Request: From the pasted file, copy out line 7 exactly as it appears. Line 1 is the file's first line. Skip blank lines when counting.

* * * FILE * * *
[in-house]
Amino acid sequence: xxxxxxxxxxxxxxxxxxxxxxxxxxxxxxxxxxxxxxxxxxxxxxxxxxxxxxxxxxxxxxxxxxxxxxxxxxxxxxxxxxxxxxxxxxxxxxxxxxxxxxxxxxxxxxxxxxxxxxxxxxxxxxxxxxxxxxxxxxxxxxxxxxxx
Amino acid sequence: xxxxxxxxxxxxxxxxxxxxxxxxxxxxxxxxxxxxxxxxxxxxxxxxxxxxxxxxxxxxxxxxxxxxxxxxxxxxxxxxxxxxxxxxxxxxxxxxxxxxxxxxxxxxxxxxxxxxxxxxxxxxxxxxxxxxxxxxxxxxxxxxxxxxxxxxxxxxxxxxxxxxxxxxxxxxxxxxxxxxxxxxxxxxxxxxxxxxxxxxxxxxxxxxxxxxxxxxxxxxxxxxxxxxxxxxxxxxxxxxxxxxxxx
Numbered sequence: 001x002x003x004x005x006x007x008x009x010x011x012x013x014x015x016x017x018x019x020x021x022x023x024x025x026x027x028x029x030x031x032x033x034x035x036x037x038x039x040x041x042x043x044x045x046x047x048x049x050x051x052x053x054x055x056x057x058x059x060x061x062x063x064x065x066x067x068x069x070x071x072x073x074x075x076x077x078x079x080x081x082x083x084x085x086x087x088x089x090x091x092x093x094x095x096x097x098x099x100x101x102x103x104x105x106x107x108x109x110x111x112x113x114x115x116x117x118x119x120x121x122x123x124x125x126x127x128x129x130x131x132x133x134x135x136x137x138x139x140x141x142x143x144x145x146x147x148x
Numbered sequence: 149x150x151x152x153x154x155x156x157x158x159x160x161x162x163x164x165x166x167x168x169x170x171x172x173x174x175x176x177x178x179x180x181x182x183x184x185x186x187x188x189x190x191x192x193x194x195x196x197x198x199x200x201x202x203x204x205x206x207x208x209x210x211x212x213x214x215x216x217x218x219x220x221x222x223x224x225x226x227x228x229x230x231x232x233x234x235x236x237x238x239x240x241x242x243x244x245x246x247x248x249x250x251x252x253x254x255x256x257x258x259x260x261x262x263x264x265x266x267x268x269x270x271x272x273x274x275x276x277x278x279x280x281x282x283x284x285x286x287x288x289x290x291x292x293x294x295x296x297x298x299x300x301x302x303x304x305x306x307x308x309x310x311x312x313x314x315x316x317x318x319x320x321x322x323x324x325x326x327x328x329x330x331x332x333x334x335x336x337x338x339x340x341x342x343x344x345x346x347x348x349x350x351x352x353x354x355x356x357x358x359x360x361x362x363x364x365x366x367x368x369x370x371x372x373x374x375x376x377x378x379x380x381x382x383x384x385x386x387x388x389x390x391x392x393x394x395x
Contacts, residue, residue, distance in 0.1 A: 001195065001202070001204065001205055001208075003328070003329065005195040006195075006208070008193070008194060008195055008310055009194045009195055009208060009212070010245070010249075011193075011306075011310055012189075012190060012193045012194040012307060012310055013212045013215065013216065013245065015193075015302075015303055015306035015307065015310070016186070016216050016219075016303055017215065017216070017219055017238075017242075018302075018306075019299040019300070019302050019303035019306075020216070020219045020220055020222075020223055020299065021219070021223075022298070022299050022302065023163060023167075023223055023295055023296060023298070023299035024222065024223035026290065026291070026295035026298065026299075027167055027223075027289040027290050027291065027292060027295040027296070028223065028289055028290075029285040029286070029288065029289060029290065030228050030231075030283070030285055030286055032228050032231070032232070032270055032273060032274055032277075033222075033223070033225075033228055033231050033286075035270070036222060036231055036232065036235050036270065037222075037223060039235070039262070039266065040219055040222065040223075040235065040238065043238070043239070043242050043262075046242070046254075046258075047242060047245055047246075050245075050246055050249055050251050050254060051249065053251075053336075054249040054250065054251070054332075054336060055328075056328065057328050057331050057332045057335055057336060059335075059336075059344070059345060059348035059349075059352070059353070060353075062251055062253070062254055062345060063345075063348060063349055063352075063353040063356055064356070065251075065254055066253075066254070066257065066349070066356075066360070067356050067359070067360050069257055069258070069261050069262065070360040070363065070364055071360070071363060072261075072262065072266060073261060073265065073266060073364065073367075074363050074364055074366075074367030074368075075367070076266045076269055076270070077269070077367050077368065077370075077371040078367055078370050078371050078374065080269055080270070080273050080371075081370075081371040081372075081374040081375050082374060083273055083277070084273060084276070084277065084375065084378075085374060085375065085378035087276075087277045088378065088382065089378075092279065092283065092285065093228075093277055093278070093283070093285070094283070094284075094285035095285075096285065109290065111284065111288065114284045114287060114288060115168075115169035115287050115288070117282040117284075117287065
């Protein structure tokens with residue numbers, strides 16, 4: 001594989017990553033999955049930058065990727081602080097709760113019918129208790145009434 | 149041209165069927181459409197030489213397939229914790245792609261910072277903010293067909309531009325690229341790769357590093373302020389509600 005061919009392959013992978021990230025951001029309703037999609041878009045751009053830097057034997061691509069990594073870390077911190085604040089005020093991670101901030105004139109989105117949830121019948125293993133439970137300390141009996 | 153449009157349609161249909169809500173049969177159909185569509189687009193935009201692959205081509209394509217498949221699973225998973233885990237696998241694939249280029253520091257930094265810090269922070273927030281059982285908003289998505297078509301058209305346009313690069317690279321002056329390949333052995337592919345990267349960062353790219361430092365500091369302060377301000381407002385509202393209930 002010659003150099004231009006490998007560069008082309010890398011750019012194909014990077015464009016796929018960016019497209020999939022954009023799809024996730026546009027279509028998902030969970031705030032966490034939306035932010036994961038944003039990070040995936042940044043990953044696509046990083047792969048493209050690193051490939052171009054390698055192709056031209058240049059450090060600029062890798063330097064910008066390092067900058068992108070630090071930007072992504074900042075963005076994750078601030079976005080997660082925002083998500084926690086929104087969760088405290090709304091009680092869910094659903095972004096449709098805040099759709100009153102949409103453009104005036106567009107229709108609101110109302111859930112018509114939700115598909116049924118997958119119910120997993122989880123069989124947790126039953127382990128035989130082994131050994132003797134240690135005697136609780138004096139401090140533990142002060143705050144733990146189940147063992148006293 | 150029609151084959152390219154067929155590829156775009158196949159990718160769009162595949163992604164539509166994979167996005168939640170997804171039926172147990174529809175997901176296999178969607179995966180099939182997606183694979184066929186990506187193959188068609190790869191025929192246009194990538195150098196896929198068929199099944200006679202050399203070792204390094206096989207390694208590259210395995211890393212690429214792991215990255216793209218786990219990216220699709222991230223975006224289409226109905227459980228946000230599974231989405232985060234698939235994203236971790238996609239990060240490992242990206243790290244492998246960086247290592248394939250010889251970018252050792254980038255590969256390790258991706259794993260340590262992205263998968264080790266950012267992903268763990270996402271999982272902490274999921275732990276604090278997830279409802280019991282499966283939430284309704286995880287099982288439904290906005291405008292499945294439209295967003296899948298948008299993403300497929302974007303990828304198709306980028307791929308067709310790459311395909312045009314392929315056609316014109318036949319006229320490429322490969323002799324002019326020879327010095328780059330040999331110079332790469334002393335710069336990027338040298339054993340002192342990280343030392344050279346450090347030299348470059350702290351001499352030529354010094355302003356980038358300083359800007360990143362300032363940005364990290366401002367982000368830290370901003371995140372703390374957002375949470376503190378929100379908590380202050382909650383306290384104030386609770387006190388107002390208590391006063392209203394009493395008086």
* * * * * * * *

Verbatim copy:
């Protein structure tokens with residue numbers, strides 16, 4: 001594989017990553033999955049930058065990727081602080097709760113019918129208790145009434 | 149041209165069927181459409197030489213397939229914790245792609261910072277903010293067909309531009325690229341790769357590093373302020389509600 005061919009392959013992978021990230025951001029309703037999609041878009045751009053830097057034997061691509069990594073870390077911190085604040089005020093991670101901030105004139109989105117949830121019948125293993133439970137300390141009996 | 153449009157349609161249909169809500173049969177159909185569509189687009193935009201692959205081509209394509217498949221699973225998973233885990237696998241694939249280029253520091257930094265810090269922070273927030281059982285908003289998505297078509301058209305346009313690069317690279321002056329390949333052995337592919345990267349960062353790219361430092365500091369302060377301000381407002385509202393209930 002010659003150099004231009006490998007560069008082309010890398011750019012194909014990077015464009016796929018960016019497209020999939022954009023799809024996730026546009027279509028998902030969970031705030032966490034939306035932010036994961038944003039990070040995936042940044043990953044696509046990083047792969048493209050690193051490939052171009054390698055192709056031209058240049059450090060600029062890798063330097064910008066390092067900058068992108070630090071930007072992504074900042075963005076994750078601030079976005080997660082925002083998500084926690086929104087969760088405290090709304091009680092869910094659903095972004096449709098805040099759709100009153102949409103453009104005036106567009107229709108609101110109302111859930112018509114939700115598909116049924118997958119119910120997993122989880123069989124947790126039953127382990128035989130082994131050994132003797134240690135005697136609780138004096139401090140533990142002060143705050144733990146189940147063992148006293 | 150029609151084959152390219154067929155590829156775009158196949159990718160769009162595949163992604164539509166994979167996005168939640170997804171039926172147990174529809175997901176296999178969607179995966180099939182997606183694979184066929186990506187193959188068609190790869191025929192246009194990538195150098196896929198068929199099944200006679202050399203070792204390094206096989207390694208590259210395995211890393212690429214792991215990255216793209218786990219990216220699709222991230223975006224289409226109905227459980228946000230599974231989405232985060234698939235994203236971790238996609239990060240490992242990206243790290244492998246960086247290592248394939250010889251970018252050792254980038255590969256390790258991706259794993260340590262992205263998968264080790266950012267992903268763990270996402271999982272902490274999921275732990276604090278997830279409802280019991282499966283939430284309704286995880287099982288439904290906005291405008292499945294439209295967003296899948298948008299993403300497929302974007303990828304198709306980028307791929308067709310790459311395909312045009314392929315056609316014109318036949319006229320490429322490969323002799324002019326020879327010095328780059330040999331110079332790469334002393335710069336990027338040298339054993340002192342990280343030392344050279346450090347030299348470059350702290351001499352030529354010094355302003356980038358300083359800007360990143362300032363940005364990290366401002367982000368830290370901003371995140372703390374957002375949470376503190378929100379908590380202050382909650383306290384104030386609770387006190388107002390208590391006063392209203394009493395008086």